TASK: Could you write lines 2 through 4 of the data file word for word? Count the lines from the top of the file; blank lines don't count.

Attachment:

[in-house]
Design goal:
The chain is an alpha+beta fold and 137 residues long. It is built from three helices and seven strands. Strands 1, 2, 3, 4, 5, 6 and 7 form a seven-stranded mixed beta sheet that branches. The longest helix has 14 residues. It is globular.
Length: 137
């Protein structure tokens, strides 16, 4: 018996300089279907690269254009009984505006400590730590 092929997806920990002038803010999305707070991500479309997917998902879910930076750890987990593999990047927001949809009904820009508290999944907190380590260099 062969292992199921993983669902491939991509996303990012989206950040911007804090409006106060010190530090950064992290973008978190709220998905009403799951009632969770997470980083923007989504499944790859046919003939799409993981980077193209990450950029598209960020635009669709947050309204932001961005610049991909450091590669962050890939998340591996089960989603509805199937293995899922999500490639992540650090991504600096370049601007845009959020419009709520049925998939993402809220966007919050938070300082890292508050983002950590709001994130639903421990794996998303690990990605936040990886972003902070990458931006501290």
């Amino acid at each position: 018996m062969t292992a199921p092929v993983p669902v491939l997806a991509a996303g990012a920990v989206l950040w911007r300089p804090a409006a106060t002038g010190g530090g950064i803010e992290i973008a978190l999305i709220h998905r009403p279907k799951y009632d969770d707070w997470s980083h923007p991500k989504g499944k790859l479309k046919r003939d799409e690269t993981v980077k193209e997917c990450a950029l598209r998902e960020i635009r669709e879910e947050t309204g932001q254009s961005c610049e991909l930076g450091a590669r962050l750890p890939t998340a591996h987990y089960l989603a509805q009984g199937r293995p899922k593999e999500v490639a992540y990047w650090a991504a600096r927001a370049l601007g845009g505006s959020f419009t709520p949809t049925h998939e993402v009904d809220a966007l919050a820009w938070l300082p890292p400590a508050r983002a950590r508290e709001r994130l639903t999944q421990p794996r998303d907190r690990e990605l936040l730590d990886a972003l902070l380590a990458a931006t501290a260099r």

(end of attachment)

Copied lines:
Design goal:
The chain is an alpha+beta fold and 137 residues long. It is built from three helices and seven strands. Strands 1, 2, 3, 4, 5, 6 and 7 form a seven-stranded mixed beta sheet that branches. The longest helix has 14 residues. It is globular.
Length: 137